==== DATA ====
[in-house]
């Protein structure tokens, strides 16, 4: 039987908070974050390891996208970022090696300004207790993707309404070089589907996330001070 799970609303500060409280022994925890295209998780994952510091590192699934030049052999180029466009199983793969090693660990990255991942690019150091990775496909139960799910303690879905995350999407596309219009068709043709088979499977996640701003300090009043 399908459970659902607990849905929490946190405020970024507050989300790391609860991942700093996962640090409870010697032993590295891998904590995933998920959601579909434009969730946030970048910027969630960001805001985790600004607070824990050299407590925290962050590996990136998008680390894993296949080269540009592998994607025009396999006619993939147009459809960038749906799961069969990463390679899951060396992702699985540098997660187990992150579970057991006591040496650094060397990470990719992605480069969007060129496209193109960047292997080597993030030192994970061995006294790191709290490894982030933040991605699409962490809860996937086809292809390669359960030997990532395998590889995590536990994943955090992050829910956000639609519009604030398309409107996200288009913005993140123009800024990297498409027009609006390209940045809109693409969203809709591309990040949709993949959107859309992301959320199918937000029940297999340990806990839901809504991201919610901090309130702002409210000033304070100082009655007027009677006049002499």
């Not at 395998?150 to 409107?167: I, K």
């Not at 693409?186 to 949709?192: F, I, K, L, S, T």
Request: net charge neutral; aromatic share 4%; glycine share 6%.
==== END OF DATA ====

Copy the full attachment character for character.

[in-house]
């Protein structure tokens, strides 16, 4: 039987908070974050390891996208970022090696300004207790993707309404070089589907996330001070 799970609303500060409280022994925890295209998780994952510091590192699934030049052999180029466009199983793969090693660990990255991942690019150091990775496909139960799910303690879905995350999407596309219009068709043709088979499977996640701003300090009043 399908459970659902607990849905929490946190405020970024507050989300790391609860991942700093996962640090409870010697032993590295891998904590995933998920959601579909434009969730946030970048910027969630960001805001985790600004607070824990050299407590925290962050590996990136998008680390894993296949080269540009592998994607025009396999006619993939147009459809960038749906799961069969990463390679899951060396992702699985540098997660187990992150579970057991006591040496650094060397990470990719992605480069969007060129496209193109960047292997080597993030030192994970061995006294790191709290490894982030933040991605699409962490809860996937086809292809390669359960030997990532395998590889995590536990994943955090992050829910956000639609519009604030398309409107996200288009913005993140123009800024990297498409027009609006390209940045809109693409969203809709591309990040949709993949959107859309992301959320199918937000029940297999340990806990839901809504991201919610901090309130702002409210000033304070100082009655007027009677006049002499």
């Not at 395998?150 to 409107?167: I, K």
């Not at 693409?186 to 949709?192: F, I, K, L, S, T």
Request: net charge neutral; aromatic share 4%; glycine share 6%.